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So ... 3d Printers....

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lilshawn:
i build wiff squars and sirkuls an stuff in tinkercad.

real cad is 2 hard

RandyT:

--- Quote from: Ond on April 24, 2024, 06:26:58 pm ---
Thanks, that web print is as per the mesh that I designed:

--- End quote ---

I considered that they might be fully modeled, but my brain recoiled at the possibility. It does look nicely organic!


--- Quote from: lilshawn on April 25, 2024, 11:51:50 am ---i build wiff squars and sirkuls an stuff in tinkercad.

real cad is 2 hard

--- End quote ---

I was fortunate enough to be exposed to parametric modeling at my last 9 to 5 (over 20 years ago...oof) and it was a slog.  When it was being explained to me and while watching someone use it, I could literally feel my synapses re-routing and it was painful.  But one day, as if by some sort of biological sorcery, it just "clicked" and it was downhill from there.  Those learning curves can sometimes feel like a straight vertical line, but they are surmountable.  The tools have also become quite a bit better since then.

That stated, you might want to take a look at Plasticity.  It's CAD, but meant for those who might feel more at home using something like Blender or those who like modifying primitives (squars and sirkuls an stuff..lol.)  There's still a learning curve that my brain rejects due to the parametric modeling programming I received, but it looks very capable in the hands of someone more accustomed to more artistic ways of designing things.

But on the free side for local installs, there are basically only a couple of decent options: FreeCAD (and it's forks) and Blender.  FreeCAD has it's own ways of doing things, which parametric modelers who are already trained seem to despise, but if you are going in cold, there's no reason not to learn it.  Blender, as you probably know, is an insanely capable beast and there is a plugin in the works for doing CAD functions within it.  With all that capability, the learning curve is particularly steep. It's a 3D modeling application, so there is a ton of stuff not particularly aimed at functional design work.  So unless your interest is in the artistic over the functional or you already have experience in that realm, I wouldn't recommend that direction to someone who just wants to design their own parts.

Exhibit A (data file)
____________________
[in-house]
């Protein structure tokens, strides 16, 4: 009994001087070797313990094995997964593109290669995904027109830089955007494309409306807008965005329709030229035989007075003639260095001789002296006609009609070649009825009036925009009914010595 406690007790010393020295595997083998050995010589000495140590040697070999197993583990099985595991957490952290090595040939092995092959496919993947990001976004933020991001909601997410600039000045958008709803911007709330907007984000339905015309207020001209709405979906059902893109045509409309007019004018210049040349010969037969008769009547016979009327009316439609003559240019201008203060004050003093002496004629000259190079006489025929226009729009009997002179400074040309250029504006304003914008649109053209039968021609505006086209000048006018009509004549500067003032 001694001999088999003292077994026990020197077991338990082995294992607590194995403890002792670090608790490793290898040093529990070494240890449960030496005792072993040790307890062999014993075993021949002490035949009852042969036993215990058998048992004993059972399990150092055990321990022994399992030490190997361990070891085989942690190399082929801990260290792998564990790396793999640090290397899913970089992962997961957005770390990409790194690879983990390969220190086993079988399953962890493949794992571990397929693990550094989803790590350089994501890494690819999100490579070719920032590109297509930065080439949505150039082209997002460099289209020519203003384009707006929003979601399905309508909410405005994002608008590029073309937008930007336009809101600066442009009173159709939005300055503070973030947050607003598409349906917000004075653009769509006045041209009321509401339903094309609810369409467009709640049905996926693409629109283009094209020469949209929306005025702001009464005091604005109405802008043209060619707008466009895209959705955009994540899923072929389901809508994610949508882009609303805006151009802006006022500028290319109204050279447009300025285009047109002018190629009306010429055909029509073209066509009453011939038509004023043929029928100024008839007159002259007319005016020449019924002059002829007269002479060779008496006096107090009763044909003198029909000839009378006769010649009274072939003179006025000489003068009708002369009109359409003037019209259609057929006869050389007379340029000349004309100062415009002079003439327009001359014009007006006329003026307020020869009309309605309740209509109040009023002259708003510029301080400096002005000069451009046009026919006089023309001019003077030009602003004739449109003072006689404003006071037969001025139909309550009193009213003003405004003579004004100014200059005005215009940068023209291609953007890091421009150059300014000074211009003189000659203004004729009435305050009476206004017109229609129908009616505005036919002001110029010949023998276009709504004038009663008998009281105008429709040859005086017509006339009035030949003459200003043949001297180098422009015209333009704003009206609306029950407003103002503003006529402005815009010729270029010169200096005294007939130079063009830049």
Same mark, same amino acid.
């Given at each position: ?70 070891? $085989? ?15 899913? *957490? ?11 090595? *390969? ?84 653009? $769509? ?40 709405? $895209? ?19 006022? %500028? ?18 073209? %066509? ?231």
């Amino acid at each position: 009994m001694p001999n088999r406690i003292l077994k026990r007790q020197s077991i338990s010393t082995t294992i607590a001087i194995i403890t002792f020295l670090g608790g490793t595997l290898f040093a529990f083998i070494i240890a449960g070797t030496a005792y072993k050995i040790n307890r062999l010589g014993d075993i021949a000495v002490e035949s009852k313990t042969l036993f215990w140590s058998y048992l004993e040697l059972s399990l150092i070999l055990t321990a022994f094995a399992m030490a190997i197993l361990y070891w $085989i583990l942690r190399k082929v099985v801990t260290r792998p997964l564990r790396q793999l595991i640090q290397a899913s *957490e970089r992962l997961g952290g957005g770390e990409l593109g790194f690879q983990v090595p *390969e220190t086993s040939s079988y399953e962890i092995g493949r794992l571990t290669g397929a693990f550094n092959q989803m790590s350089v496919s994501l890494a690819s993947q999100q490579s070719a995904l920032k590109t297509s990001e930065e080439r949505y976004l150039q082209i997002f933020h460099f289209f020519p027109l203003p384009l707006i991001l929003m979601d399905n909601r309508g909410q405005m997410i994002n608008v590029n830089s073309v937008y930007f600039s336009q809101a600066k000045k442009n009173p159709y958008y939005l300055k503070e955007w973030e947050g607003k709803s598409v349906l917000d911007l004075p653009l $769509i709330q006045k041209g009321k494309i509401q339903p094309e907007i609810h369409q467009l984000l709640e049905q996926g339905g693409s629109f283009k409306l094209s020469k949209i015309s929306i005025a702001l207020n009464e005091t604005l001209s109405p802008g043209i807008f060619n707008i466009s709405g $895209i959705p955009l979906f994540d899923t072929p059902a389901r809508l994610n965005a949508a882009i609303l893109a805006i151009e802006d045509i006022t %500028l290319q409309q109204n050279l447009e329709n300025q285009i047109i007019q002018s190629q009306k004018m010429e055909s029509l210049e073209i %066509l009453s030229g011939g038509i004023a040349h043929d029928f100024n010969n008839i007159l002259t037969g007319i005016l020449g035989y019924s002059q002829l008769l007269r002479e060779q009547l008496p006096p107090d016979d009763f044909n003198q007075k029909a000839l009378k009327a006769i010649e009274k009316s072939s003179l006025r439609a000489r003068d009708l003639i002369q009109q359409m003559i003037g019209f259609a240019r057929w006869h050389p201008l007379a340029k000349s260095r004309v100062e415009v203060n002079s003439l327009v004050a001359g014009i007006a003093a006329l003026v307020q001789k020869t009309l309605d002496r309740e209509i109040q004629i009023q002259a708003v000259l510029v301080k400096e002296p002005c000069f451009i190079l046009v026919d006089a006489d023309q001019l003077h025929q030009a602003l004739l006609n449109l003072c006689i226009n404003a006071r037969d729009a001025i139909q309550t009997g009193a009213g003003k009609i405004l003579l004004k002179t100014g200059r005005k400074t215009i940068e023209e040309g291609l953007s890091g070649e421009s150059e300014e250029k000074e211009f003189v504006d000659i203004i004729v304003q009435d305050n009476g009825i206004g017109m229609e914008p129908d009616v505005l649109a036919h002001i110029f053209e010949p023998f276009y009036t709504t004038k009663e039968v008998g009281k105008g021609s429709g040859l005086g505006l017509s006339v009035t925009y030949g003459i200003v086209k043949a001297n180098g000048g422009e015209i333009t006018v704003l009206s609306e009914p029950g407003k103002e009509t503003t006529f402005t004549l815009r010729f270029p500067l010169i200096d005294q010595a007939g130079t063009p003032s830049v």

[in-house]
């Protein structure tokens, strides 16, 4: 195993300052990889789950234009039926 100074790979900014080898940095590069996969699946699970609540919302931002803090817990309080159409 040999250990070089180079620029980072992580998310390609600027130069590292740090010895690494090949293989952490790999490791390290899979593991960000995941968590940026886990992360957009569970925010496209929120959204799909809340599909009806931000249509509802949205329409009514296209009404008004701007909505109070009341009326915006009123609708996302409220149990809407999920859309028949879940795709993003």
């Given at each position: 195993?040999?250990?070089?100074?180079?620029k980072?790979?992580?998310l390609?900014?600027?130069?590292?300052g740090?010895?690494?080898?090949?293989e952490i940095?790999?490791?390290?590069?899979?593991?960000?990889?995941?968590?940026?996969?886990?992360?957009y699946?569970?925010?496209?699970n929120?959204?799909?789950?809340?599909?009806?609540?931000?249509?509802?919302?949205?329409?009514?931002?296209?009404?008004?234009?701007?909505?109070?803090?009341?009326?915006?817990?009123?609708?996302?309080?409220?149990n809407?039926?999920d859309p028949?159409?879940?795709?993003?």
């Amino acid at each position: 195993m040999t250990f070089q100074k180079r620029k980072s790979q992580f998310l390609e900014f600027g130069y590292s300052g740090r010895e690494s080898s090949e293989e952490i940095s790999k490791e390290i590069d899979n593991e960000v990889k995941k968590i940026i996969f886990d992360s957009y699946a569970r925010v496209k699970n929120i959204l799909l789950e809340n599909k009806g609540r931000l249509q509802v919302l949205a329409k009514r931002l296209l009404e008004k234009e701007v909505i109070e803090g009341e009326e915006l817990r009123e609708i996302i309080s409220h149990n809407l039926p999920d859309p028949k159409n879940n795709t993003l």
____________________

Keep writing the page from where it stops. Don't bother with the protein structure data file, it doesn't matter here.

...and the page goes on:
Ond:

--- Quote from: RandyT on April 25, 2024, 12:45:00 pm ---I considered that they might be fully modeled, but my brain recoiled at the possibility. It does look nicely organic!


--- End quote ---

I was tempted to make them even more bumpy and irregular but settled for the result you see. 3D printers are such a natural progression from 3D design. I guess it's taken me this long to acquire one because I wasn't that impressed with them in the early days. I have a few build tasks coming up which will need printed parts. I'll post the results here as well.  I'm also doing a larger articulated mech spider with more detail, just for fun! Happy to share the STL when its ready.  :cheers: 

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